Presentation by Dr Andrew Cole
Royal Society Room
Tuesday, 6th October 2009 Commencing 8.00pm until 10.00pm
About the Speaker
Andrew was born in Brookhaven (suburban New York) in 1972 and spent his entire childhood there. He finished a Bachelor of Science degree in physics & astronomy at Yale University in 1994, where he wrote a senior thesis on the influence of rapid rotation on the evolution of stars. From there Andrew went on to the University of Wisconsin where he got his Ph.D. in astronomy in 1999, studying how the properties of red giant stars vary in galaxies smaller than the Milky Way– with particular focus on the chemical composition of stars in the Large Magellanic Cloud, a satellite of the Milky Way that has about 5% of the mass of our galaxy. Afterwards Dr Cole worked on an infrared survey of the sky, and then used some of the largest telescopes in the world, the 8-metre Very Large Telescope in northern Chile, to make the first-ever measurements of the how the chemistry of dwarf galaxies like the Magellanic Clouds has changed over their lifetimes by measuring the calcium and iron abundances of stars aged between 1 and 13 billion years. In Andrews own words he “came to Tasmania in 2007 recognizing the longstanding Australian research strength in studies of the Magellanic Clouds, the chance to use the UTAS telescopes whenever and for whatever purpose I wanted, and to apply my stellar populations expertise to the statistics of searching for planets outside the Solar System.”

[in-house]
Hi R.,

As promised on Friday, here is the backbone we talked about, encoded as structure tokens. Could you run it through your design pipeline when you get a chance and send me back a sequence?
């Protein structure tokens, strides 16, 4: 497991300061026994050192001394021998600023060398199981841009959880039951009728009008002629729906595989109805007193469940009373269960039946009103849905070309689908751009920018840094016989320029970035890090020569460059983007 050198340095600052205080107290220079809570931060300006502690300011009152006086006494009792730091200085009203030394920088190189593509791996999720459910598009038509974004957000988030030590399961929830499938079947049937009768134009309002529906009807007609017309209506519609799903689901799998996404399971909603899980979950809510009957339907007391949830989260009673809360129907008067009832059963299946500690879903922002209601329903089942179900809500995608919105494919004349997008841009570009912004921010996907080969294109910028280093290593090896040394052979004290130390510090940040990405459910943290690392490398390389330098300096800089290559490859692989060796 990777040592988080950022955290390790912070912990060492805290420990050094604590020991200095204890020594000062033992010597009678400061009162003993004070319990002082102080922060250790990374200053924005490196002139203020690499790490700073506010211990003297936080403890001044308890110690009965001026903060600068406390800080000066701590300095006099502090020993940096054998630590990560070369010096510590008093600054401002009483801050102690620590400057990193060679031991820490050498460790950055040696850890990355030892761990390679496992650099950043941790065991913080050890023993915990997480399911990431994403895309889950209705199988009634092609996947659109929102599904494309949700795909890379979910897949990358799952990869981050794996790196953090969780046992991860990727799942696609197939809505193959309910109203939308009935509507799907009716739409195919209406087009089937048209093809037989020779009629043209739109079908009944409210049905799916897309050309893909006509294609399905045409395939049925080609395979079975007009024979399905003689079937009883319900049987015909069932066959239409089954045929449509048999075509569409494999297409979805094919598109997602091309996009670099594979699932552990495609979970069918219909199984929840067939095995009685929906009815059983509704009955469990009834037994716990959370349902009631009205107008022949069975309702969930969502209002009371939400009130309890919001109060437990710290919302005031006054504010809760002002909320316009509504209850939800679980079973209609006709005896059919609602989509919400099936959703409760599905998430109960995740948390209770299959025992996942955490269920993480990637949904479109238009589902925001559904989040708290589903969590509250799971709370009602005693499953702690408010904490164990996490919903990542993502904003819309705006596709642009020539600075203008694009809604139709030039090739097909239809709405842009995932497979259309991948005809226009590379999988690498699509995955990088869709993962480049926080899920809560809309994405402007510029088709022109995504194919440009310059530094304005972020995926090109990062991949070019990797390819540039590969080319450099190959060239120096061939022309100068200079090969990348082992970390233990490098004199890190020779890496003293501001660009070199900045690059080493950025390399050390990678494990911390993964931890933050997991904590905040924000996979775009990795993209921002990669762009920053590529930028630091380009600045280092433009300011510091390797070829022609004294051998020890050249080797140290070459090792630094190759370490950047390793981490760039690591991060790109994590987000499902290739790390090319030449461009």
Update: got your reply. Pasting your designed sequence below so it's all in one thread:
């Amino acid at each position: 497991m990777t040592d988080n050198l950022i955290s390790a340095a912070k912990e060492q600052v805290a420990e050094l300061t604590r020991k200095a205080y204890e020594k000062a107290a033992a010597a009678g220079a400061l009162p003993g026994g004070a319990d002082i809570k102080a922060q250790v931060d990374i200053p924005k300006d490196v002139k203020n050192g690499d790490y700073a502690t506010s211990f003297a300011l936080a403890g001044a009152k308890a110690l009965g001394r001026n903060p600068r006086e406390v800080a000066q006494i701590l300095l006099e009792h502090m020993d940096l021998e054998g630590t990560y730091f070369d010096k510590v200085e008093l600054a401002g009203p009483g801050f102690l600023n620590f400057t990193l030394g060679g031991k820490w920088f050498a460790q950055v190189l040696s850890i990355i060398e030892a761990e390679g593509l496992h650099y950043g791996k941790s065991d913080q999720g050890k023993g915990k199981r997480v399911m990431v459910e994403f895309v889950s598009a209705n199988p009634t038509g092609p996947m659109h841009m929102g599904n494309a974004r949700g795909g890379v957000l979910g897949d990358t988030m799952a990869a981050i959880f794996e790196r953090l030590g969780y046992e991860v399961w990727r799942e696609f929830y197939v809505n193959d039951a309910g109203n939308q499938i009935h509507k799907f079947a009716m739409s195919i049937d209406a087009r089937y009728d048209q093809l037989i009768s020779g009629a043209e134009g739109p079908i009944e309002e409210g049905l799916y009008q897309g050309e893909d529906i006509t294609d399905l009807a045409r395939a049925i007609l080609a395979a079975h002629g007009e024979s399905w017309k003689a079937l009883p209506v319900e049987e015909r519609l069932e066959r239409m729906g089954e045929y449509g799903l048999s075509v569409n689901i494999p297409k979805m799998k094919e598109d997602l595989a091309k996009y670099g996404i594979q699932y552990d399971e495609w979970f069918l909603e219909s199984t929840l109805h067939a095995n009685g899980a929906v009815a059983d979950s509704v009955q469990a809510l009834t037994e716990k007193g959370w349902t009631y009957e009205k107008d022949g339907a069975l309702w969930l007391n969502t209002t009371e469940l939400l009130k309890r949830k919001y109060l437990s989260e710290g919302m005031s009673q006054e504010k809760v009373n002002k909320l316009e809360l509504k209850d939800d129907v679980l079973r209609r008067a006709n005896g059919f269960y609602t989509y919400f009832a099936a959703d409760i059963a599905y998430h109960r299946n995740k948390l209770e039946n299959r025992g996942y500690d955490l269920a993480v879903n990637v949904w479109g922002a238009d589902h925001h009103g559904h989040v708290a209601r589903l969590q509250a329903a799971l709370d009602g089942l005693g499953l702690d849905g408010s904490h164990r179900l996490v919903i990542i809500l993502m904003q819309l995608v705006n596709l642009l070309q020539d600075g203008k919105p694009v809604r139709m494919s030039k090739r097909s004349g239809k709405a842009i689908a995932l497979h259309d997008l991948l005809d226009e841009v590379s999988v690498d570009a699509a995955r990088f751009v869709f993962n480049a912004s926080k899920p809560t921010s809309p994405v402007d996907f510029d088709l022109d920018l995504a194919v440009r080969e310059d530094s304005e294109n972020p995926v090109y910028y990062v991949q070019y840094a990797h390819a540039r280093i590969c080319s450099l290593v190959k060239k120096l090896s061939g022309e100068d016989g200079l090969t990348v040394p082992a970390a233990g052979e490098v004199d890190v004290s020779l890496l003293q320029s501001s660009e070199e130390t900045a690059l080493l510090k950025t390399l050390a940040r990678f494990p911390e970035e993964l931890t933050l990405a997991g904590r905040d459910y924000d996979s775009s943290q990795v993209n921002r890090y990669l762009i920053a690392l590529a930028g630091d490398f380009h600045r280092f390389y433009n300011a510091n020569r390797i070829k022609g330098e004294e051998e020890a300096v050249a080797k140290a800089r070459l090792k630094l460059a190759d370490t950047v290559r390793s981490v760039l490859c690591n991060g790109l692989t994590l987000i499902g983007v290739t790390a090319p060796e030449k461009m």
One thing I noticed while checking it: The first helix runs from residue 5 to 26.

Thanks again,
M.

Brief Abstract of the Talk
There is a long history of astrophysical research in Tasmania, undertaken by scientists exploiting our unique location to attack some of the most challenging and important problems in contemporary astronomy. In both radio and optical astronomy, Tasmanian scientists continue to lead the way in new discoveries, supported by a new generation of telescopes and instrumentation. Dr Cole will discuss some of these programmes of discovery, including the search for earthlike planets orbiting distant stars, the quest for a deeper understanding of the Sun as a star, and clues to the origins, evolution, and interrelationships of the Milky Way and its satellite galaxies. These and other projects will be greatly advanced by the arrival of a new 1.3-metre, remotely-operable optical telescope in the southern midlands at Bisdee Tier.